Celebrating Women's Writing: Fiction
Continuing our exploration of 100 books by women, to mark 100 years of the first women’s right to vote in Britain, we consider some of the most memorable fictional women: the good, the bad and the downright wicked.
It’s a daunting task to have to narrow down literature’s witty, courageous, dastardly and unforgettable female characters to just a handful, so I begin with the qualification that these choices are just that, a snapshot, and a personal one at that. Ten fictional women who hook themselves into the imagination, so that, years after reading, a reader can till conjure them, fully formed, to mind.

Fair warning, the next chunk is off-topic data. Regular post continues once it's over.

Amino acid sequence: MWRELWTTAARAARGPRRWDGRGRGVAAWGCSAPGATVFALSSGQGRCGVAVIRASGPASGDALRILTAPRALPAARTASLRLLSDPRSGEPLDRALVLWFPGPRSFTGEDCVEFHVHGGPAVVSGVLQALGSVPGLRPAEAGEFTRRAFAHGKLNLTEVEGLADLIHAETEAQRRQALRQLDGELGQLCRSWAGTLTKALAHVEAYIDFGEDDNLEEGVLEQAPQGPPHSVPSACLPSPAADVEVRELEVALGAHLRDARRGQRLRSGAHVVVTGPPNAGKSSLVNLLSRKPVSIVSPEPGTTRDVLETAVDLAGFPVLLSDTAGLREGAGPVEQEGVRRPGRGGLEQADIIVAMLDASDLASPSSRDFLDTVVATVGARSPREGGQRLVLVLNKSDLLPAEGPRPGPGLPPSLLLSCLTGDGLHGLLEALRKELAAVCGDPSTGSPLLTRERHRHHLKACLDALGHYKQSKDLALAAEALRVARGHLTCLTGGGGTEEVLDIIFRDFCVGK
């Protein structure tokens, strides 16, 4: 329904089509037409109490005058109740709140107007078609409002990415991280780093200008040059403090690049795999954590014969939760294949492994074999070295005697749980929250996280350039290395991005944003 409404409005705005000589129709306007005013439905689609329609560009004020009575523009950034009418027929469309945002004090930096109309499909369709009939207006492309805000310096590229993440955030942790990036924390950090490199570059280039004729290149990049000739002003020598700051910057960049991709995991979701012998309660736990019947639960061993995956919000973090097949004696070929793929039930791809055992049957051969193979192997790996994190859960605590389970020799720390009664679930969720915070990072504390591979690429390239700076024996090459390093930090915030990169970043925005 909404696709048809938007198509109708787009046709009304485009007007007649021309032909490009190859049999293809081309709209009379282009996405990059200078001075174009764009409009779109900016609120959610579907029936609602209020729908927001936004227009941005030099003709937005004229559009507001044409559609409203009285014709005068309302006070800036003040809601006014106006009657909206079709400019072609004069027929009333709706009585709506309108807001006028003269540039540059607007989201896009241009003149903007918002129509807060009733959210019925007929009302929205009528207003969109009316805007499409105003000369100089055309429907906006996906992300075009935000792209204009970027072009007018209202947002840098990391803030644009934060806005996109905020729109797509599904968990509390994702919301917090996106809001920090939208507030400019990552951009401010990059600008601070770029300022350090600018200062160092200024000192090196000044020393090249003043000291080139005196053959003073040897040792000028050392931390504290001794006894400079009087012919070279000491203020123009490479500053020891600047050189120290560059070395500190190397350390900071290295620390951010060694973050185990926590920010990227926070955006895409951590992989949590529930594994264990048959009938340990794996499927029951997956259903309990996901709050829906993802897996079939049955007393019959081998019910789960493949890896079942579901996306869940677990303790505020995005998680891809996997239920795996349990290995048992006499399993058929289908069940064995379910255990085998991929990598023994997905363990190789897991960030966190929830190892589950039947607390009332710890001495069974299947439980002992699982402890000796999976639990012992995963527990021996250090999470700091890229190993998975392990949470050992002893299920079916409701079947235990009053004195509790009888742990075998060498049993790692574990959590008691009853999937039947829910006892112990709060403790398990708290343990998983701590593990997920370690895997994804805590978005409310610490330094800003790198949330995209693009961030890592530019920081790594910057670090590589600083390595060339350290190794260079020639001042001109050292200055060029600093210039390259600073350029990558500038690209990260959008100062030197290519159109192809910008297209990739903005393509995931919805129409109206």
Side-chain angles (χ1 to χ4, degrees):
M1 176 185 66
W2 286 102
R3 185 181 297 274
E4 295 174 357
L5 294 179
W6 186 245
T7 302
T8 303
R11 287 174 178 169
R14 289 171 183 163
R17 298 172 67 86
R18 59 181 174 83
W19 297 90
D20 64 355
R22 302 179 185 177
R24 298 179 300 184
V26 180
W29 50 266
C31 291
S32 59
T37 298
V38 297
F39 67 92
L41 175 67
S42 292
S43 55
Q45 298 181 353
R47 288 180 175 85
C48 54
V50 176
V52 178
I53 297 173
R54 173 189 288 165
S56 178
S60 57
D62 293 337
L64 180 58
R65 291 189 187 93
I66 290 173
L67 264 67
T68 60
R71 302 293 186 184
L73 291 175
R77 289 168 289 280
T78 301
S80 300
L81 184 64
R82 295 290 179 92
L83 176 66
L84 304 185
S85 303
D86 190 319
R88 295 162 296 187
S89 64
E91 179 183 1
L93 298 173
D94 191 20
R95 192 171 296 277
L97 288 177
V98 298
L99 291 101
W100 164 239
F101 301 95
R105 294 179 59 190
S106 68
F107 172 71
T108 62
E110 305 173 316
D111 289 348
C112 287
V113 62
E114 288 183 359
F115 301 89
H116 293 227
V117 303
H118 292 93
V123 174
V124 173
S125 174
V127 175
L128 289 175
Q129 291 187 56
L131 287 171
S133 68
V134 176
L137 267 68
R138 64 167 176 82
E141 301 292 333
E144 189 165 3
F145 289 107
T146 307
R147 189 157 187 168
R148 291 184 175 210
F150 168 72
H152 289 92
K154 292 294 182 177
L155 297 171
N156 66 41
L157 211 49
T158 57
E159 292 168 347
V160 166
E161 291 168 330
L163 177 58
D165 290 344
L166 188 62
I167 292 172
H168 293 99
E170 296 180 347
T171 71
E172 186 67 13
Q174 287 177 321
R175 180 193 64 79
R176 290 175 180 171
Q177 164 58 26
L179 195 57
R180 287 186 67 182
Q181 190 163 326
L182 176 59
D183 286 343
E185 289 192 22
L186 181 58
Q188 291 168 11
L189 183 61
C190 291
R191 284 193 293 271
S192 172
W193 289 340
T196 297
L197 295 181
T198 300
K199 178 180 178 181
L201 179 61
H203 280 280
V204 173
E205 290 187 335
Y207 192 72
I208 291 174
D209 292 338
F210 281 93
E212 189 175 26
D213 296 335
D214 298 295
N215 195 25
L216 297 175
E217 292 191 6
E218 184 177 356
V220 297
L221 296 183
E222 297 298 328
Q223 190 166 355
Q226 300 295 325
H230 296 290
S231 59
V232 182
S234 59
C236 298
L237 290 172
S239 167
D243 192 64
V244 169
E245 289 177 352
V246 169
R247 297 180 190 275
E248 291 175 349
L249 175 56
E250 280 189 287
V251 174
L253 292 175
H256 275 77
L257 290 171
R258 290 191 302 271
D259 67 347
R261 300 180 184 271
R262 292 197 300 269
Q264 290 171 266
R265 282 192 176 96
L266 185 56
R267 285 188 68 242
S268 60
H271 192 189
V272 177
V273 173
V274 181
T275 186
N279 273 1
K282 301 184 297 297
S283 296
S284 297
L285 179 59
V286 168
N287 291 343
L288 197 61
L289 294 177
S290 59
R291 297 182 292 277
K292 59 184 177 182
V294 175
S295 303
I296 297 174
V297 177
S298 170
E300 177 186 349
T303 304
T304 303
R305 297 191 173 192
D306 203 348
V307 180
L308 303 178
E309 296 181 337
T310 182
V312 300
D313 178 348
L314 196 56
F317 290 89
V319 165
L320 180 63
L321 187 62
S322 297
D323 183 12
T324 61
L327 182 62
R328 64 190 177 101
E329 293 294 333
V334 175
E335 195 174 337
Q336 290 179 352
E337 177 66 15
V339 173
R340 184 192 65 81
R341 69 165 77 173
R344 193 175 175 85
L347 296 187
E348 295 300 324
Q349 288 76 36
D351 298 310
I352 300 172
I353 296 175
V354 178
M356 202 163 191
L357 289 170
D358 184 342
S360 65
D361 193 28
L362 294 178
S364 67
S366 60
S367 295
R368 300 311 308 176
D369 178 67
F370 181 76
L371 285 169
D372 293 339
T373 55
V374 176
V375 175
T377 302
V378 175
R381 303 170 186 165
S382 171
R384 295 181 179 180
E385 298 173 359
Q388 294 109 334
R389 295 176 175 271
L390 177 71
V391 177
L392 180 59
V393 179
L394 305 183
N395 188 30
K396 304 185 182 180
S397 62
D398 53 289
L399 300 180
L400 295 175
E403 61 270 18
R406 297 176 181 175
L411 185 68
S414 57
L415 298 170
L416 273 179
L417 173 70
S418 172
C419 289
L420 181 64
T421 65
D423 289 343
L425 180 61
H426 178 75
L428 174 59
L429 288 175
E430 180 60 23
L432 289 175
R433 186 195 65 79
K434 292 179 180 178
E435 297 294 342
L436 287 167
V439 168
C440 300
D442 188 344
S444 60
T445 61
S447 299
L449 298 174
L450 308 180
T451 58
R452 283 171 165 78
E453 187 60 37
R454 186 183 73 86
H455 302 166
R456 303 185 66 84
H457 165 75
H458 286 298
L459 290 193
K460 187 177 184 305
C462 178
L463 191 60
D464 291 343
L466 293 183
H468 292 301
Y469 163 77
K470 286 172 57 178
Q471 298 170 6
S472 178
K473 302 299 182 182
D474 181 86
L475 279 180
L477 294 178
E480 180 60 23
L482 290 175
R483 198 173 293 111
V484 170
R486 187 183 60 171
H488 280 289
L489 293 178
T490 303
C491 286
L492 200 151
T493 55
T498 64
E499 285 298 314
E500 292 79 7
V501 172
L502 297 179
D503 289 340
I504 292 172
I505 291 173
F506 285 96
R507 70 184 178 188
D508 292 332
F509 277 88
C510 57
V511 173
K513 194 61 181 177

Not so much a conjuring, as a summoning, Rebecca is a haunting presence, permeating every page of Daphne Du Maurier’s eponymous novel, despite never making an actual appearance. The deceased first wife of the mysterious Maxim de Winter, Rebecca is a perfect cypher. Beautiful, charming, talented and ungovernably independent, she is pointedly everything the book’s narrator (the second Mrs de Winter, who is, tellingly, never named) believes she is not. As Sarah Perry - who has written the introduction to a new edition of Rebecca, published to mark the book’s 80th anniversary - writes, ‘Rebecca… shocks all the more because its menace blows in on Rebecca’s azalea scent; it creates a dwelling place within which every furtive longing of the human heart seems not only possible, but permissible.’ ‘Rebecca, always Rebecca, I should never be rid of Rebecca’ contemplates an increasingly desperate Mrs de Winter as the novel unfurls. She’s right, she won’t, and neither will the reader.